Following the passing of the National Defense Authorization Act, it is a federal offense to point lasers at Coast Guard vessels and cause bodily injury to an officer. Offenders of this federal offense can receive up to $25,000 in civil penalty fines. Criminal penalties can face up to 25 years imprisonment.
It is a federal offense to direct laser pointers at aircraft under 18 U.S.C 39A and offenders can face up to five years imprisonment.
“Pointing a laser at any Coast Guard vessel or aircraft is extremely dangerous and a federal crime,” said Special Agent-in-Charge Zinna James, CGIS Southeast region. “We encourage anyone with information about these incidents to report then to the CGIS tips app.”
Anyone with information is encouraged to contact CGIS at https://www.p3tips.com/tipform.aspx?ID=878#
Both men lived in a Fort Myers (Florida) apartment complex, in units identically numbered "102". Ryan Modell, 32, had been heavily drinking on March 19 to celebrate a new job. At about 2:30 am on March 20, Modell — wearing only shorts— knocked on the door of 46-year-old Steve Taylor, in a different unit 102.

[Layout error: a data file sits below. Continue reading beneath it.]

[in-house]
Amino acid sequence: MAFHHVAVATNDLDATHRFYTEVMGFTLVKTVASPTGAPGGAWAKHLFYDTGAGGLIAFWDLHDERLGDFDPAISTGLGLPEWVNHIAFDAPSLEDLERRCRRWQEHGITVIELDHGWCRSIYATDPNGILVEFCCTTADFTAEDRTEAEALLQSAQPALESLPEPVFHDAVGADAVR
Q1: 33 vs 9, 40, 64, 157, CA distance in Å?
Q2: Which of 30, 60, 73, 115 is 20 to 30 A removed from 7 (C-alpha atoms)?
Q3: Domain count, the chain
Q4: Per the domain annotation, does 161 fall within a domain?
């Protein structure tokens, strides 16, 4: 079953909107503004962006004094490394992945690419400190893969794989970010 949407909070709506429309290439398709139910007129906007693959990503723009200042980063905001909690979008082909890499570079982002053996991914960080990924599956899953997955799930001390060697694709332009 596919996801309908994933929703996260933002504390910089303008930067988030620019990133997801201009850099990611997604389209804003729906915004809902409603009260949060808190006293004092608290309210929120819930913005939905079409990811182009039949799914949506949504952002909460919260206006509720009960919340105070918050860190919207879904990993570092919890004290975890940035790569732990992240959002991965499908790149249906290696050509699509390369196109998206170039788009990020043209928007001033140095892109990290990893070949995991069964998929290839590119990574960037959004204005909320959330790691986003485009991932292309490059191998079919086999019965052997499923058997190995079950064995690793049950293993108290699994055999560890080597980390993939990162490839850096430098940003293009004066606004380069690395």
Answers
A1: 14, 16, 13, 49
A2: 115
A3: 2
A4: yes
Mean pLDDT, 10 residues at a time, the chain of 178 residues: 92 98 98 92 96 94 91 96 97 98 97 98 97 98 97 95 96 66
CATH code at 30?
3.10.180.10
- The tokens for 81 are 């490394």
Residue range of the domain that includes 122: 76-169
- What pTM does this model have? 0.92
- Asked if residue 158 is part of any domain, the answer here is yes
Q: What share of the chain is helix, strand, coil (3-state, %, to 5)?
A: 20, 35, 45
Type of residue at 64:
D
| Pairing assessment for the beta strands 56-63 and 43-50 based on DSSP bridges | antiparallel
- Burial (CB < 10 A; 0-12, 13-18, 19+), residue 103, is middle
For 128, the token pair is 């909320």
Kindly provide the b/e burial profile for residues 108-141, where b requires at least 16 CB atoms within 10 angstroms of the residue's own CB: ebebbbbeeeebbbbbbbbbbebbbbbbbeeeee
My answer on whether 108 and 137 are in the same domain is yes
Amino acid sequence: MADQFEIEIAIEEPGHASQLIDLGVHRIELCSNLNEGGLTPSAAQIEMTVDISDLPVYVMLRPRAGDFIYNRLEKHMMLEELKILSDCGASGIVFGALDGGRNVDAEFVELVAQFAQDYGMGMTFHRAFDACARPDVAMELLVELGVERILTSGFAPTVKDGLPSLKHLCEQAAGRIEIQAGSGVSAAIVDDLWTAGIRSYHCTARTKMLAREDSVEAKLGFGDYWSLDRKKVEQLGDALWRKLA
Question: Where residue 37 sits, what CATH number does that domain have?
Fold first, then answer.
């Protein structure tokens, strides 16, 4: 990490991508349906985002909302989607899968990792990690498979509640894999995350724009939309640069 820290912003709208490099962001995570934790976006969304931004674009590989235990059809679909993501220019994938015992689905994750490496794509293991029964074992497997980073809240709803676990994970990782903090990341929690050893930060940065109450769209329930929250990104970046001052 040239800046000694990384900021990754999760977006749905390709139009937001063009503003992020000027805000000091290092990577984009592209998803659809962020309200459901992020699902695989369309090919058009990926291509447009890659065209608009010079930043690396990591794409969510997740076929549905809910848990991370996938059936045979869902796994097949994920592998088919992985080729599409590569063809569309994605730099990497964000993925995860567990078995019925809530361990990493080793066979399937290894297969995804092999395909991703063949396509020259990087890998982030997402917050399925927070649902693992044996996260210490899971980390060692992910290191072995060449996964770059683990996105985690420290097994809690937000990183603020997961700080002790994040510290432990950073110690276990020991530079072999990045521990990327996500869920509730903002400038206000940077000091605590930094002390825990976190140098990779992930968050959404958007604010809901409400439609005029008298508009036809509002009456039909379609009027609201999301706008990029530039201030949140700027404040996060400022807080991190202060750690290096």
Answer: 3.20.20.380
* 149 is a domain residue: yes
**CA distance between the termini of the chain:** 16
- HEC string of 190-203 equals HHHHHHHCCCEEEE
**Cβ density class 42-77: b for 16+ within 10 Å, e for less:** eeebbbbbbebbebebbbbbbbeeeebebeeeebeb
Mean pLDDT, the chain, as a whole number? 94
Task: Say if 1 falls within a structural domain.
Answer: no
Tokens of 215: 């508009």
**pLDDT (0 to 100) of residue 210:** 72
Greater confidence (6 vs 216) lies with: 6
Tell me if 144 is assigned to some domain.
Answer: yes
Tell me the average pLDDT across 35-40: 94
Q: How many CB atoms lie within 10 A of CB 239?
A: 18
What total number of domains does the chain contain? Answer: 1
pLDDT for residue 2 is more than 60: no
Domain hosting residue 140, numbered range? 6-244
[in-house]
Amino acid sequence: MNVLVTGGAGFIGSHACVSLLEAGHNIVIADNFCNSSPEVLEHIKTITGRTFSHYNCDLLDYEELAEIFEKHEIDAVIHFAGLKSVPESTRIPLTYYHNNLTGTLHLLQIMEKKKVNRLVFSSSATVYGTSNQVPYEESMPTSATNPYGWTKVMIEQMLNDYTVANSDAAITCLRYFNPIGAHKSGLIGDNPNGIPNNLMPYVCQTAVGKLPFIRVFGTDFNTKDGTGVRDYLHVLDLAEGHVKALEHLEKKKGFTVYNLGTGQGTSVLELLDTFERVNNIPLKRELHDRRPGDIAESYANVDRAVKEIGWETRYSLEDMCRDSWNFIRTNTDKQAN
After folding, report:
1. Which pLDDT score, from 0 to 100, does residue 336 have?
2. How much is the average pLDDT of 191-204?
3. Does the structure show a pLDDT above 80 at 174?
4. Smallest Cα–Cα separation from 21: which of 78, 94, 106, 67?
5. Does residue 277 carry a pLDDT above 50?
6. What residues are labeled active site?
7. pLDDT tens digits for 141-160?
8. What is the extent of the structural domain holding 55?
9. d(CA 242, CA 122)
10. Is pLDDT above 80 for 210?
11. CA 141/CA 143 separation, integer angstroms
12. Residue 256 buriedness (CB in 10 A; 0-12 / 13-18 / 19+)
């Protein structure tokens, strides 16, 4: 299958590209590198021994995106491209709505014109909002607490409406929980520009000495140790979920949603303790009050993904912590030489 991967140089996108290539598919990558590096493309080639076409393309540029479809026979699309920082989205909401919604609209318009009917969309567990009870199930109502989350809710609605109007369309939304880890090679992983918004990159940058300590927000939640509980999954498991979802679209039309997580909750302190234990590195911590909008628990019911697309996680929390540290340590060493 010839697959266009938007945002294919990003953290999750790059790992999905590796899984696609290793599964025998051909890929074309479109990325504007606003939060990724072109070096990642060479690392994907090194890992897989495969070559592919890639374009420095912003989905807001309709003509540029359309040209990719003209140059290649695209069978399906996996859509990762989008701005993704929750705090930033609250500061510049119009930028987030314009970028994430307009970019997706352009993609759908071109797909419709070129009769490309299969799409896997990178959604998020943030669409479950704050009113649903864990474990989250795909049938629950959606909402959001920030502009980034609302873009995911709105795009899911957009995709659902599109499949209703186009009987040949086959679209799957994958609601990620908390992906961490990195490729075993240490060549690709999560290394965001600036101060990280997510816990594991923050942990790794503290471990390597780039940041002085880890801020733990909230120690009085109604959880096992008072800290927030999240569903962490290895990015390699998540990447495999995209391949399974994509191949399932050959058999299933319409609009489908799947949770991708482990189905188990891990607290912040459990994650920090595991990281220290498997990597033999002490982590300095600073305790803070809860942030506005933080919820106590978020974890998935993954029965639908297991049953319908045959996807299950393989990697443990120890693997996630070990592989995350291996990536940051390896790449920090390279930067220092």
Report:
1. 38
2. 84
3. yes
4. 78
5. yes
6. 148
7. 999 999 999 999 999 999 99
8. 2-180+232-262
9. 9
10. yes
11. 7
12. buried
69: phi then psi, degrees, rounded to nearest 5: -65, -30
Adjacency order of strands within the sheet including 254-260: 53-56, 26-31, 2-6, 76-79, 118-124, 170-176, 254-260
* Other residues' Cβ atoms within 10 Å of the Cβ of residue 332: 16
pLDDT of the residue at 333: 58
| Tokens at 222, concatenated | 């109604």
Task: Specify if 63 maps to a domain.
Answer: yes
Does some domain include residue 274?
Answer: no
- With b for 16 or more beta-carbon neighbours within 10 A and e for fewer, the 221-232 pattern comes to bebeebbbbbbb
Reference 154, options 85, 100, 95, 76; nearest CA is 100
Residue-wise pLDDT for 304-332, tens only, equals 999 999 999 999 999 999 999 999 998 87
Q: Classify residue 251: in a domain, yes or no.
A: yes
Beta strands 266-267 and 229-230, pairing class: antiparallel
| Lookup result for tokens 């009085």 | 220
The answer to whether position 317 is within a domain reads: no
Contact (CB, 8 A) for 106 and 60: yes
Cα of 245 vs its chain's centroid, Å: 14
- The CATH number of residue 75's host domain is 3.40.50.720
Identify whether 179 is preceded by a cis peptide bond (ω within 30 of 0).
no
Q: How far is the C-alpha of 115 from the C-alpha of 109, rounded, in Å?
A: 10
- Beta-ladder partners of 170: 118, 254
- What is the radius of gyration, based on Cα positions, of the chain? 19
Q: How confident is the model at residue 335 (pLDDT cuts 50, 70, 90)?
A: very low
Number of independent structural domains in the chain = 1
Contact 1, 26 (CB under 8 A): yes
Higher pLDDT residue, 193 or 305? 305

Taylor got his 10 mm Glock handgun and answered the door. He told Modell he had the wrong unit, but to Taylor, the intoxicated Modell didn't respond and appeared drugged. Taylor said he pointed the gun at Modell, warning him not to approach, but Modell charged.
Taylor closed the door, injuring Modell's toe. Taylor's wife called police. Taylor went outside and found Modell hosing off his bloody toe. Taylor aimed the gun at Modell and turned on the laser pointer aiming device. That is when Modell sprayed water, made threats and charged.
Mark O'Mara, a lawyer for Modell's father, said Modell had an understandable reaction for a person who thought he was about to be shot. He said "If you put a laser on my chest, there is one of two things I am going to do: duck and run, or kill you."
Taylor says he fired when Modell was within two feet; O'Mara says evidence indicates it was several feet back.
The 2016 case became controversial due to Florida's "stand your ground" law being used. In January 2020, O'Mara asked Florida's governor to appoint a special prosecutor to reinvestigate the shooting, and wants Taylor charged with second-degree murder.